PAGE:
Travel to the setting of Seven with Farzana Doctor
The Story Behind Seven’s Settings
Author Farzana Doctor has some interesting stories to tell about her research behind her novel Seven. It’s a story of inheritance and resistance that tests the balance between kinship and the fight against customs that harm us. Farzana has some very personal reasons for writing this story and her locations tell a story of their own!
Here’s the cover:
Now over to you Farzana!
Let’s go on the SEVEN BOOKTRAIL – First stop: New York
Seven begins in New York as forty-year old Sharifa is preparing to go to India for eight months with her husband Murtuza, and their seven year-old daughter, Zee. New York plays a minor role, except to introduce Sharifa’s first-generation immigrant status; she juggles the beliefs and values of two cultures. She grew up in Edison, New Jersey and I could have chosen any North American suburban location near a large city where Dawoodi Bohras, her religious community and the focus of much of the novel’s debate, have sizeable congregrations. Here’s one location that stands out:
East River Park –where Sharifa and her mother first talk about Abdoolally, the revered ancestor Sharifa will later research once in India.
Abdoolally is a fictional character inspired by my great-great grandfather, Hussonally Dholkawala, who I researched in 2015-2017. You can find out more info about the real man on this blog. It was a thrill for me to visit some of Hussonally’s “real life” locations to build Abdoolally’s story for this novel.
Sharifa’s family lives in various Mumbai neighbourhoods (Bandra, Khar West, Santa Cruz, Worli), as does my own family. I had the opportunity to travel to India twice while crafting the novel, and I kept copious notes on everything I noticed, for example: the way people talk, move, dress; what the sidewalks look like; how street dogs behave when you approach them; the sounds of vendors at night; the combined smells of petrichor, trees in bloom and urine; the precarious dance one does when crossing urban streets; and how entire families ride and maintain their balance on scooters.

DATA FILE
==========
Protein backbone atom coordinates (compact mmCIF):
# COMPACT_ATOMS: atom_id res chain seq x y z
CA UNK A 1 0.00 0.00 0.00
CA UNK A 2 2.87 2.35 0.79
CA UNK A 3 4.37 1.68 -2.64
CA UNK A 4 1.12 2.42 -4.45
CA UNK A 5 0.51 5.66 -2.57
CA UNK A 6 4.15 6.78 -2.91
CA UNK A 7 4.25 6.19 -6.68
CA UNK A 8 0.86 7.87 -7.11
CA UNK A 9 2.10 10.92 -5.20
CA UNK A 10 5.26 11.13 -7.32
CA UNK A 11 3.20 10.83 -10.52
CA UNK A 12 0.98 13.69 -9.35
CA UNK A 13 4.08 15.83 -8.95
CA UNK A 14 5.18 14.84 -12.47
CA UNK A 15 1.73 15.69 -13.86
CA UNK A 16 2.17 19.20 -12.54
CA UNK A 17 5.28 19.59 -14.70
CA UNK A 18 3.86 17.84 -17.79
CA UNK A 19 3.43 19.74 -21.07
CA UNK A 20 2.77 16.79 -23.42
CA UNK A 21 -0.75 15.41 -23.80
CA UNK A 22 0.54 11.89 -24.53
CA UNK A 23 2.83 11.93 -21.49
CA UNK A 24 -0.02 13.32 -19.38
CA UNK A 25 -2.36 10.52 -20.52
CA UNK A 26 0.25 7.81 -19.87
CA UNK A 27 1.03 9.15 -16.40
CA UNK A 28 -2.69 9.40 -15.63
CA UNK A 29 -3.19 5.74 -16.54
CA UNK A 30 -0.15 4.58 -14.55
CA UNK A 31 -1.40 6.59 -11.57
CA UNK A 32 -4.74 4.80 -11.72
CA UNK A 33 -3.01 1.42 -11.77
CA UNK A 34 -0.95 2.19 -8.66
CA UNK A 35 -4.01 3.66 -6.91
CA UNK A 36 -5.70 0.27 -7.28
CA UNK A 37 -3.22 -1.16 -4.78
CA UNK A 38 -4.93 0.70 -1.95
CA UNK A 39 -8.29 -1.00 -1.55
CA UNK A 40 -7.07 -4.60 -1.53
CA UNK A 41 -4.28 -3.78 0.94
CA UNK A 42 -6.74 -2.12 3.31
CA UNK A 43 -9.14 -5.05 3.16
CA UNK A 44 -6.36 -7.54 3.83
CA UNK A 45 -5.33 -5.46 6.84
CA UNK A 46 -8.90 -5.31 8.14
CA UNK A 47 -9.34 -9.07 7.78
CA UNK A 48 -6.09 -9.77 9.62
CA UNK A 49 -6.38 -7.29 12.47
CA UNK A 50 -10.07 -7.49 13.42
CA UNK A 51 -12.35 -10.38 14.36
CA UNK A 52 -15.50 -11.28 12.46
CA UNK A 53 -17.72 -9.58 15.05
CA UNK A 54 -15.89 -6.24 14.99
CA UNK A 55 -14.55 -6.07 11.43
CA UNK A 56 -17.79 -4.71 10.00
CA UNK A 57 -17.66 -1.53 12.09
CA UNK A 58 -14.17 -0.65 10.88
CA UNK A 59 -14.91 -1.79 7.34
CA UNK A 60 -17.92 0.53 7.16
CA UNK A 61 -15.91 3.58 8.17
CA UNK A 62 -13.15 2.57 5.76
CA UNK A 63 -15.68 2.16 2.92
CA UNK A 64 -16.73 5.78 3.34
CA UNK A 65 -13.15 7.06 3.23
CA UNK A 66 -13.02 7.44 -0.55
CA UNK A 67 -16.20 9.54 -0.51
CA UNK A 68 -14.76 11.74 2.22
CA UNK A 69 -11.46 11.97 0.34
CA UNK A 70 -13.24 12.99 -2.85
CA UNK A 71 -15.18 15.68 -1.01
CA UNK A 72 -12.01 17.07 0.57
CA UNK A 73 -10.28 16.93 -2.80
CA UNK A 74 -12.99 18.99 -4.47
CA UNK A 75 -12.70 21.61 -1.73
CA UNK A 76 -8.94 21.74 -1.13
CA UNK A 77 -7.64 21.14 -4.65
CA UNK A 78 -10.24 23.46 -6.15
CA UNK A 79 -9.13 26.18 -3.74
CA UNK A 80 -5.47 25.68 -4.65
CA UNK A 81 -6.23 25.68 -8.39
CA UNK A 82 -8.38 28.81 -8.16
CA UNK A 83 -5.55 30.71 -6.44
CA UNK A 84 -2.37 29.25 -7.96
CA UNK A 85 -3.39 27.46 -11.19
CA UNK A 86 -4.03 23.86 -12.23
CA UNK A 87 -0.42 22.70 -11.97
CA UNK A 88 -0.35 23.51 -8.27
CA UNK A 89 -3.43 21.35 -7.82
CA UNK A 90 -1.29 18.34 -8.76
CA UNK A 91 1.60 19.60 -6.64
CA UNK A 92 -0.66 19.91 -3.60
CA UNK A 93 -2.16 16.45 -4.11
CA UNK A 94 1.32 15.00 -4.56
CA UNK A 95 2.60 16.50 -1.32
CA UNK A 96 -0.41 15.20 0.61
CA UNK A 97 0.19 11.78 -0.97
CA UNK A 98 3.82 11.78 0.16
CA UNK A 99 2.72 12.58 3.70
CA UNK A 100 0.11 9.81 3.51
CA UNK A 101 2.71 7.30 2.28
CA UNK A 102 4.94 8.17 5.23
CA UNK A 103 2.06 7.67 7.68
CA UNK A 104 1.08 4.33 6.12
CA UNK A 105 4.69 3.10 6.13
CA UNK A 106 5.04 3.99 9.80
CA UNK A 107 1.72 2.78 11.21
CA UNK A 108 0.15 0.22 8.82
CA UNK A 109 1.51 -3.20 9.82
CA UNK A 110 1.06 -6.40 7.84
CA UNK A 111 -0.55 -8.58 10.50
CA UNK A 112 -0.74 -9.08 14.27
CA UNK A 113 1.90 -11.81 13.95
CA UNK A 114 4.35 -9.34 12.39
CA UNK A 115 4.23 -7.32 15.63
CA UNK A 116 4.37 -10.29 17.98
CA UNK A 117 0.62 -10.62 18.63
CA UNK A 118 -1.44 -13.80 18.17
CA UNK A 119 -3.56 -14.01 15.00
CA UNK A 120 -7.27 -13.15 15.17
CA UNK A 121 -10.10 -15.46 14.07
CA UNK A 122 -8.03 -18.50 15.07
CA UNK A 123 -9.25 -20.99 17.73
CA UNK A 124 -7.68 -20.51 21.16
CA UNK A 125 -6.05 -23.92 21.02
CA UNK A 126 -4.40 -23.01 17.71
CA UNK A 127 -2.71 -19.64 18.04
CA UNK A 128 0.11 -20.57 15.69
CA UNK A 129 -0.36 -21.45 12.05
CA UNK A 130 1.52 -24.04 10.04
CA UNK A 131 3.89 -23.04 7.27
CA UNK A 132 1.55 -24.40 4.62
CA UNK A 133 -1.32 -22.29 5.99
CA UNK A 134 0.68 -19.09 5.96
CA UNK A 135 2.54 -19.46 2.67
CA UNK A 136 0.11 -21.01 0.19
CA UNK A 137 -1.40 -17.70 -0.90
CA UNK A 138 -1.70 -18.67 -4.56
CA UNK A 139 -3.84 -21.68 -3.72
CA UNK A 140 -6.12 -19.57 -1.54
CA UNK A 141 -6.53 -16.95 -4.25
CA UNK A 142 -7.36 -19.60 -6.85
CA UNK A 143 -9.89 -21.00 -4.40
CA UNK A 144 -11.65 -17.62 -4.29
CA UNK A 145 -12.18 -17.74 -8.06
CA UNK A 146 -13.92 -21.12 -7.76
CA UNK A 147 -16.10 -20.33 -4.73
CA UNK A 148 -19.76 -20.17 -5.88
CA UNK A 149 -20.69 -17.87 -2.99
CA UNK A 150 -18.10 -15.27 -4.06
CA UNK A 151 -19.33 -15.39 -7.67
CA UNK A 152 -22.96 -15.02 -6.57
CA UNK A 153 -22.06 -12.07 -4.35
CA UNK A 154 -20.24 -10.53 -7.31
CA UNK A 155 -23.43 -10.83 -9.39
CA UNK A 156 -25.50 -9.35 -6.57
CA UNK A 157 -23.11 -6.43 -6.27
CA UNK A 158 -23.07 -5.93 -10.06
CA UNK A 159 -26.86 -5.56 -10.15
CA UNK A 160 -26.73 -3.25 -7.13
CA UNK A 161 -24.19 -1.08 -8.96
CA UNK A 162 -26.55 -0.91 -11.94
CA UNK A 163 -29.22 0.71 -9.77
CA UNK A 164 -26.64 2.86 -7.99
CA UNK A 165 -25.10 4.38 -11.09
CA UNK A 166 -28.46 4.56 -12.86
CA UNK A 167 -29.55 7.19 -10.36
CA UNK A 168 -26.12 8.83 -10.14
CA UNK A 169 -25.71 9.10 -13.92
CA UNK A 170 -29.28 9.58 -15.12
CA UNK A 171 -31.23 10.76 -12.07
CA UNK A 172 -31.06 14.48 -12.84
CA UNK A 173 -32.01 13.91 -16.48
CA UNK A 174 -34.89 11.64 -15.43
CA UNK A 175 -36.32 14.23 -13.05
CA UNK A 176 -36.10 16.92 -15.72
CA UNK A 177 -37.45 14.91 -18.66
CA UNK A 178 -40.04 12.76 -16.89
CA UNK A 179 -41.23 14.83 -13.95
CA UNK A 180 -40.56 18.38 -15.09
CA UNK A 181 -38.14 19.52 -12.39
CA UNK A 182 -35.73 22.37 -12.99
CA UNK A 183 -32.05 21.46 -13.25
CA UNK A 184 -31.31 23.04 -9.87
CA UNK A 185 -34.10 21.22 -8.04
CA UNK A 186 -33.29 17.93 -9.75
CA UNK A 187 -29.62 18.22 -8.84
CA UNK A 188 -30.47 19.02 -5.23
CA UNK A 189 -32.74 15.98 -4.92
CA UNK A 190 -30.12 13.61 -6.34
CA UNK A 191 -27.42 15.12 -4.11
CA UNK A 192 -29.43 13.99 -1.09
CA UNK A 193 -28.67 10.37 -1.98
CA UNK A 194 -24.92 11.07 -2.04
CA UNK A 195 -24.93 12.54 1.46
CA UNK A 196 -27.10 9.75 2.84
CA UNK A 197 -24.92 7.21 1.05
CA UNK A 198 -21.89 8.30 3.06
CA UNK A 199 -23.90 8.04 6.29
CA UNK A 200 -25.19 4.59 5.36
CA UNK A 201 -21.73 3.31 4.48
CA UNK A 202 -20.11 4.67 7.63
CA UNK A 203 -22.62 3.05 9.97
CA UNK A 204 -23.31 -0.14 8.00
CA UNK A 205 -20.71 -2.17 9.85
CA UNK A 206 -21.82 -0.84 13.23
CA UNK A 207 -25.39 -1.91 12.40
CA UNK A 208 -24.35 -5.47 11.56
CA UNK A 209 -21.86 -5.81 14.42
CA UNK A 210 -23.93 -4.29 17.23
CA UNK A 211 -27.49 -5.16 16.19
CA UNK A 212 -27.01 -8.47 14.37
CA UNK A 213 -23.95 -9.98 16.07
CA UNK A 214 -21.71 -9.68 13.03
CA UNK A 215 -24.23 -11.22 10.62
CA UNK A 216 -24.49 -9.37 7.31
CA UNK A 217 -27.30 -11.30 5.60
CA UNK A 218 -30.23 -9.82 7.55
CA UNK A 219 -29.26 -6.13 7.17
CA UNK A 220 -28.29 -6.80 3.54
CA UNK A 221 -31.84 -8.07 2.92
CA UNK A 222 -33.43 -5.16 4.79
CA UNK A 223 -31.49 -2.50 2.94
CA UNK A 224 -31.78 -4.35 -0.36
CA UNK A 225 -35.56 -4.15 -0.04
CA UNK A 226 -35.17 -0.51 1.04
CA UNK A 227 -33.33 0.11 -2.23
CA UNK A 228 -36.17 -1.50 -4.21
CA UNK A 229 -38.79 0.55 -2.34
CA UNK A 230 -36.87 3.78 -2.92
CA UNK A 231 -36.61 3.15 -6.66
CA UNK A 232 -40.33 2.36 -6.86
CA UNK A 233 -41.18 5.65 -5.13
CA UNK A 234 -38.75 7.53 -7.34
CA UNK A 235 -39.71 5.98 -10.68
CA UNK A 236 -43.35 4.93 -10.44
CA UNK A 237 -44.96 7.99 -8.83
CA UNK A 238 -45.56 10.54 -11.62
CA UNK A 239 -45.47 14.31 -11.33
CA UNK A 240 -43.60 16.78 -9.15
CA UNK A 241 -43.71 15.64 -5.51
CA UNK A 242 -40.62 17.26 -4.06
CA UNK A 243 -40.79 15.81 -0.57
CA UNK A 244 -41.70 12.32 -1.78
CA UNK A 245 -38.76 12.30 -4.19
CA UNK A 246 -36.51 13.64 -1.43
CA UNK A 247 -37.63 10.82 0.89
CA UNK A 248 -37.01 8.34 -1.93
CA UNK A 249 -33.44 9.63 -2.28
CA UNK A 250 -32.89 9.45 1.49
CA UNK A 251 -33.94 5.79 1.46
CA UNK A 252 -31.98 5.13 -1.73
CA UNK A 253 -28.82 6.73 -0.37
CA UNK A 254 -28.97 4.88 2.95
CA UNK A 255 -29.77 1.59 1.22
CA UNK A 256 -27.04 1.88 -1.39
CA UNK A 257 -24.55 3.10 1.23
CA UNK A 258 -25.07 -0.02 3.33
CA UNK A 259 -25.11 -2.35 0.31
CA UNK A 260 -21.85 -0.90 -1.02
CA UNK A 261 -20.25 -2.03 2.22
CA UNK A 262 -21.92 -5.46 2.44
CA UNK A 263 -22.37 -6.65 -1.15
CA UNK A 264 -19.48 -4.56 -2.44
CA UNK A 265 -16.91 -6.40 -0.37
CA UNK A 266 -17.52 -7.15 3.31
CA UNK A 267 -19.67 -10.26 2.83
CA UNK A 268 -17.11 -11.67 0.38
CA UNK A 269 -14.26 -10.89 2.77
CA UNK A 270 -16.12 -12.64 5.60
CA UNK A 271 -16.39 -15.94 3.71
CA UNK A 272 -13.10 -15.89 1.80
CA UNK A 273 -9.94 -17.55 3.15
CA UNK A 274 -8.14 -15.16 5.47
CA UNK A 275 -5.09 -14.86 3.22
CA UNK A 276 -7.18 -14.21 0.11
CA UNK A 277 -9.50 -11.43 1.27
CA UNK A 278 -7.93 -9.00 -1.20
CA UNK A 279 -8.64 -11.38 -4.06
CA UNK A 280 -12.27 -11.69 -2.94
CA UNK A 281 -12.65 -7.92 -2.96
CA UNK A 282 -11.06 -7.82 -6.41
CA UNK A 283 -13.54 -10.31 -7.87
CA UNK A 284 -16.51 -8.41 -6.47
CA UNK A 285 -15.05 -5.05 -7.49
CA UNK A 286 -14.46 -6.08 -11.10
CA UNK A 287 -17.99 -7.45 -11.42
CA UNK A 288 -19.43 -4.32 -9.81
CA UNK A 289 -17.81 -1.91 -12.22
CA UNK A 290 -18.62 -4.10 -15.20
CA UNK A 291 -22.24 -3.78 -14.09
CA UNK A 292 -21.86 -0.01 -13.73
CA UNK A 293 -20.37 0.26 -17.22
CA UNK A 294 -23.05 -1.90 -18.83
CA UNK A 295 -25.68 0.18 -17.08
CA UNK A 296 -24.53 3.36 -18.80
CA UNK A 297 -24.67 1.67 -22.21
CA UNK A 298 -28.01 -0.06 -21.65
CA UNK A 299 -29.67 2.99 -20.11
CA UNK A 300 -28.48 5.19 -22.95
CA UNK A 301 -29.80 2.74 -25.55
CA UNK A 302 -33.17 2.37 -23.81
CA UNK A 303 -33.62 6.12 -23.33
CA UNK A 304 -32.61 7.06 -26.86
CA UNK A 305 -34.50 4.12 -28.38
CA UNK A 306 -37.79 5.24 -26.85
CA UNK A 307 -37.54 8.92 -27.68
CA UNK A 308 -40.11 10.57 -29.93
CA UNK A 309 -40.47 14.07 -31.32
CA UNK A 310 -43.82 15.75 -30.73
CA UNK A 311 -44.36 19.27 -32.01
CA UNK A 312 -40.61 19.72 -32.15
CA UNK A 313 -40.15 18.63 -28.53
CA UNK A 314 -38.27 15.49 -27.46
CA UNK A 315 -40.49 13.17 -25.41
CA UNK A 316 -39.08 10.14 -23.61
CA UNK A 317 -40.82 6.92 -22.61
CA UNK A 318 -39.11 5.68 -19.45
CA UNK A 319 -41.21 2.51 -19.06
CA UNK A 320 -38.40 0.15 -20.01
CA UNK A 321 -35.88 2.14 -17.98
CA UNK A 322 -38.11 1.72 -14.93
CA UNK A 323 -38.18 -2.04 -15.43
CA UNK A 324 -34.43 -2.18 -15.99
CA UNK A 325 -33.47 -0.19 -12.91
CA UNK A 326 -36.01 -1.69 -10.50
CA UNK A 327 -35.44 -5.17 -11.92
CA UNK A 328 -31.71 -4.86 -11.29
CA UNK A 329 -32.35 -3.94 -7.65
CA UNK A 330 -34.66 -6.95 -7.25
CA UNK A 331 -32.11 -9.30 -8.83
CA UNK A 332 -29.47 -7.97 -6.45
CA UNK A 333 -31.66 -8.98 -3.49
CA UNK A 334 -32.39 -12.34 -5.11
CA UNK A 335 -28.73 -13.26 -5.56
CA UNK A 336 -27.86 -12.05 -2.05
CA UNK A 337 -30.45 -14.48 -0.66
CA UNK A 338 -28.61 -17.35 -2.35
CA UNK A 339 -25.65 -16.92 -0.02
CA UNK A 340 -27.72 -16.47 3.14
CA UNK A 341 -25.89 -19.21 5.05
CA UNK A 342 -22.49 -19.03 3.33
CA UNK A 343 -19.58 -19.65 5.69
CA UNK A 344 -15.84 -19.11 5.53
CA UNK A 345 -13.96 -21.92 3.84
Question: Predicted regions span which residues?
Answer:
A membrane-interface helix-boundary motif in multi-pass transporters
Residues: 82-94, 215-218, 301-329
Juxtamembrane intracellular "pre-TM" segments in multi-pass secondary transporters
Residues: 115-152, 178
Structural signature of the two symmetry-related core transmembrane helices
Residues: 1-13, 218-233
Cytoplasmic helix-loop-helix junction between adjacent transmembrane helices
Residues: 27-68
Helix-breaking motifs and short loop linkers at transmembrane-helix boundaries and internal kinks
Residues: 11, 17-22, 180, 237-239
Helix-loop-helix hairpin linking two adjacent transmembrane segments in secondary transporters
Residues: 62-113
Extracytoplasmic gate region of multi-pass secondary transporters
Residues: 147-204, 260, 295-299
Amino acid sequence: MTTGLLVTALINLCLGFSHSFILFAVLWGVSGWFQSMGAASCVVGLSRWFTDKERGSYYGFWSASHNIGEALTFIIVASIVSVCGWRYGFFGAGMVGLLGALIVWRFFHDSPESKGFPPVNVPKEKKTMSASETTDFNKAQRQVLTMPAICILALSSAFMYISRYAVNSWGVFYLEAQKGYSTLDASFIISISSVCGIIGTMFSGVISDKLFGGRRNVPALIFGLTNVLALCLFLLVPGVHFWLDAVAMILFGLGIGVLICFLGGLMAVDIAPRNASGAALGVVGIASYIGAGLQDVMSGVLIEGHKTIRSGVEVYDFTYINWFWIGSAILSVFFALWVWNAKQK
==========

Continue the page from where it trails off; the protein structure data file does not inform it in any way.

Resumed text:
Like Sharifa, while I’ve visited India many times, my gaze is that of someone who grew up in North America. While I strived for authenticity in setting descriptions, I also made sure to highlight her flawed (and sometimes clueless!) outsider’s perspective.
South Bombay and in Dholka, a small city in Gujarat.
Alternating with Sharifa’s narrative is her great-great grandfather’s story, which takes place in the late 1800’s, and mostly in South Bombay and in Dholka, a small city in Gujarat.
Most of the India settings have been fictionalized but many are inspired by real places:
Mohammed Ali Road, near Nagdevi Cross Lane –Sharifa, Zee and Maasi Tasnim visit the location of what was once one of Abdoolally’s businesses. In reality, this neighbourhood is close to the Dholkawala Maternity Hospital, created by my great-great-grandfather’s trust.
Khar Mosque—Abdoolally visits his mother’s grave. It’s true name is Vajihi Masjid, located on Swami Vivekanand Road in Khar West. My great-great grandfather built this mosque for his mother, and she is buried in the cemetery below it.
Cathedral and John Connon School—where Hussonally holds an impromptu protest to get his grandson admission to the school.
Sharifa, her mother, Zee, and Zainab visit Global Desi near the end of the book on Linking Road. One of my favourite stores!
Sharifa and her cousins travel to Dholka to learn more about her family’s ancestral village, and to retrace Abdoolally’s steps. It was fascinating to see some of the locations named after Hussonally, and in these chapters I take Sharifa and her cousins on a tour of the original village where he was born. They visit a school in Dholka and also a famous Malav Talav Lake.
Finally, I wanted to include Goa in this book. I travelled there with some cousins in 2017. While we were there, an election was on, which meant early bar closing times. My cousins and I were on the way to the beach when we were surrounded by a crowd of chaotic and inebriated vacationers pouring out of the bars at 10pm. They staggered and weaved around us. My partner commented that it resembled a scene from hell.
This experience gave me the idea to create a similar scene for Sharifa and Murtuza. As a couple, they’ve weathered considerable tensions in their marriage, and having them alone on vacation, away from the rest of the community and their usual distractions, allowed me to show the longer-term impacts of this strife:
Baga Beach Road—Sharifa, Murtuza and Zee get kulfi on and encounter something similar to the surreal scene my cousins and I encountered.
Seven’s settings play an important role in this novel. So much of what Sharifa struggles with as she excavates her family’s history is connected to her relationship to community and place. These settings provided additional fodder for her story, but also filled in gaps in understanding my own family and history.
With many thanks Farzana for such a detailed and fascinating insight into your book’s locations!